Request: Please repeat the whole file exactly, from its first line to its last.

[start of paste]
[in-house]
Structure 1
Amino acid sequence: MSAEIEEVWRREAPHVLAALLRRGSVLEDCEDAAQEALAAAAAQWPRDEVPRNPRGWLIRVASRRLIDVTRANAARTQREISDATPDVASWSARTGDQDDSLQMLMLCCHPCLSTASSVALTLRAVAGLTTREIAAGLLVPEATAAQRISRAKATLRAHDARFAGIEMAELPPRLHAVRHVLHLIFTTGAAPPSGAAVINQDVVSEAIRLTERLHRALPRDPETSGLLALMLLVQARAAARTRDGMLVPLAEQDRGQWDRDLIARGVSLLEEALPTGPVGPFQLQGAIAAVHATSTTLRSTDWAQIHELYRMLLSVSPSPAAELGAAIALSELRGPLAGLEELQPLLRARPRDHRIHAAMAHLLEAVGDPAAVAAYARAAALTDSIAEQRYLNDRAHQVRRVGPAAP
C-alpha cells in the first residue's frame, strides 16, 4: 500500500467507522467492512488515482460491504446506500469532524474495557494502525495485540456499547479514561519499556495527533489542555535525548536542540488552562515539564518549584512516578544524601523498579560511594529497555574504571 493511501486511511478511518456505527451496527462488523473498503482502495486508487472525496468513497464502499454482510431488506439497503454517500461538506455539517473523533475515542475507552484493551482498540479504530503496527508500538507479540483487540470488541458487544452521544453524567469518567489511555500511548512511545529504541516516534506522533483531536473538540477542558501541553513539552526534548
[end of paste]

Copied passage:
[in-house]
Structure 1
Amino acid sequence: MSAEIEEVWRREAPHVLAALLRRGSVLEDCEDAAQEALAAAAAQWPRDEVPRNPRGWLIRVASRRLIDVTRANAARTQREISDATPDVASWSARTGDQDDSLQMLMLCCHPCLSTASSVALTLRAVAGLTTREIAAGLLVPEATAAQRISRAKATLRAHDARFAGIEMAELPPRLHAVRHVLHLIFTTGAAPPSGAAVINQDVVSEAIRLTERLHRALPRDPETSGLLALMLLVQARAAARTRDGMLVPLAEQDRGQWDRDLIARGVSLLEEALPTGPVGPFQLQGAIAAVHATSTTLRSTDWAQIHELYRMLLSVSPSPAAELGAAIALSELRGPLAGLEELQPLLRARPRDHRIHAAMAHLLEAVGDPAAVAAYARAAALTDSIAEQRYLNDRAHQVRRVGPAAP
C-alpha cells in the first residue's frame, strides 16, 4: 500500500467507522467492512488515482460491504446506500469532524474495557494502525495485540456499547479514561519499556495527533489542555535525548536542540488552562515539564518549584512516578544524601523498579560511594529497555574504571 493511501486511511478511518456505527451496527462488523473498503482502495486508487472525496468513497464502499454482510431488506439497503454517500461538506455539517473523533475515542475507552484493551482498540479504530503496527508500538507479540483487540470488541458487544452521544453524567469518567489511555500511548512511545529504541516516534506522533483531536473538540477542558501541553513539552526534548